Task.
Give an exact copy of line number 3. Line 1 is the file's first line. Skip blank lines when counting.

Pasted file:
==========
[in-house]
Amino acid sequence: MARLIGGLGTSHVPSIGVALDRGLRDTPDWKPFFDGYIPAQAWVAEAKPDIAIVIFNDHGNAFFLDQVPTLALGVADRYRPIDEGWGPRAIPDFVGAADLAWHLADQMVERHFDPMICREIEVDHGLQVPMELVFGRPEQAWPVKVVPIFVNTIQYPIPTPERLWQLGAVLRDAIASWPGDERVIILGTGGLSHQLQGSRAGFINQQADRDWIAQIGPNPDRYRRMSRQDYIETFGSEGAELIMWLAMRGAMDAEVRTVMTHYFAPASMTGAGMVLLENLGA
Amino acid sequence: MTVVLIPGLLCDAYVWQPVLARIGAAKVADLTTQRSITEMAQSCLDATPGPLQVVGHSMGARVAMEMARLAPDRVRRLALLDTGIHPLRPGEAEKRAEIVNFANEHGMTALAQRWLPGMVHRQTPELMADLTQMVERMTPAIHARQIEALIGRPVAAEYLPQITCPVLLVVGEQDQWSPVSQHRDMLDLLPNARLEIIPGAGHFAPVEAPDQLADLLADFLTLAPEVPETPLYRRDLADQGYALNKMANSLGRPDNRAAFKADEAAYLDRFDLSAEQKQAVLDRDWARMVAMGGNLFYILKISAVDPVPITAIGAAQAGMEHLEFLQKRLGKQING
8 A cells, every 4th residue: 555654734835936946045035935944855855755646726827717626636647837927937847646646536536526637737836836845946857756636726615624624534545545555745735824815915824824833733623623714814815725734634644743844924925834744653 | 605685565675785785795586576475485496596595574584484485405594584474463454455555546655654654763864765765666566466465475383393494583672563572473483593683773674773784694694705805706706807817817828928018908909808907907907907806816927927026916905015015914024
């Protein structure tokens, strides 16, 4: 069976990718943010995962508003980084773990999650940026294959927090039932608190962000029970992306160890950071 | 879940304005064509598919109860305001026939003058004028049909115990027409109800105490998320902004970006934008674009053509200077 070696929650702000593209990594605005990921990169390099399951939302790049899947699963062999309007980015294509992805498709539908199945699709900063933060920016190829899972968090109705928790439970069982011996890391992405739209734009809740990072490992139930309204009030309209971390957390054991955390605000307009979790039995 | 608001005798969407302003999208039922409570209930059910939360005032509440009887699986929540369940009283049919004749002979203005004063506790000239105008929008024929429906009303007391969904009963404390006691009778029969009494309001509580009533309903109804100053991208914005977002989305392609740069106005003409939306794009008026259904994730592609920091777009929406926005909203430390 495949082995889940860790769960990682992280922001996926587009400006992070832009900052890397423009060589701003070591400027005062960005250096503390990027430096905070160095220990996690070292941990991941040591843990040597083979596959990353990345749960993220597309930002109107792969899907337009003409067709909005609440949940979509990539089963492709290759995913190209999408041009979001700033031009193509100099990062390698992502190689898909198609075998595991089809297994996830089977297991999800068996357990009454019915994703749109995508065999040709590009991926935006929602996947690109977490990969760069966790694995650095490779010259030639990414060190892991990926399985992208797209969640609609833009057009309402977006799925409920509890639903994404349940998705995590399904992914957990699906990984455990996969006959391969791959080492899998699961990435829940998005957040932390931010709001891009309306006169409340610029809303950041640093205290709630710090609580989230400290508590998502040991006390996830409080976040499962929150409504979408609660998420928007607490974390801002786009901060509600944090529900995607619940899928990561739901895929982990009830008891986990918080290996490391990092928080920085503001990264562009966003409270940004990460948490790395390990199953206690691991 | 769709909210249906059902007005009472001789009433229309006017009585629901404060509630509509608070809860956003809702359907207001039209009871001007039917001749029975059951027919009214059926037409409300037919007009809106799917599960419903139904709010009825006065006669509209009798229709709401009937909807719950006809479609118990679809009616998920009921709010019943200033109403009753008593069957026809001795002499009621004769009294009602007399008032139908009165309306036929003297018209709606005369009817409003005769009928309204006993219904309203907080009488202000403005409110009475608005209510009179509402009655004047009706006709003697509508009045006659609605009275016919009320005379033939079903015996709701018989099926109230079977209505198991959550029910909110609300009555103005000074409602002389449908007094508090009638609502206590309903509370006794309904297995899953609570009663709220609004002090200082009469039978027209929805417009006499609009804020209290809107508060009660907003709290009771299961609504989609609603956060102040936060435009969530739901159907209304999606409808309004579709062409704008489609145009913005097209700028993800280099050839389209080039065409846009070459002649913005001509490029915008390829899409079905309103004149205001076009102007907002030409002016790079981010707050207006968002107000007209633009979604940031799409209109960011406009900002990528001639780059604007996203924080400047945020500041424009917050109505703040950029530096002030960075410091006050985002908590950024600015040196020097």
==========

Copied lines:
Amino acid sequence: MTVVLIPGLLCDAYVWQPVLARIGAAKVADLTTQRSITEMAQSCLDATPGPLQVVGHSMGARVAMEMARLAPDRVRRLALLDTGIHPLRPGEAEKRAEIVNFANEHGMTALAQRWLPGMVHRQTPELMADLTQMVERMTPAIHARQIEALIGRPVAAEYLPQITCPVLLVVGEQDQWSPVSQHRDMLDLLPNARLEIIPGAGHFAPVEAPDQLADLLADFLTLAPEVPETPLYRRDLADQGYALNKMANSLGRPDNRAAFKADEAAYLDRFDLSAEQKQAVLDRDWARMVAMGGNLFYILKISAVDPVPITAIGAAQAGMEHLEFLQKRLGKQING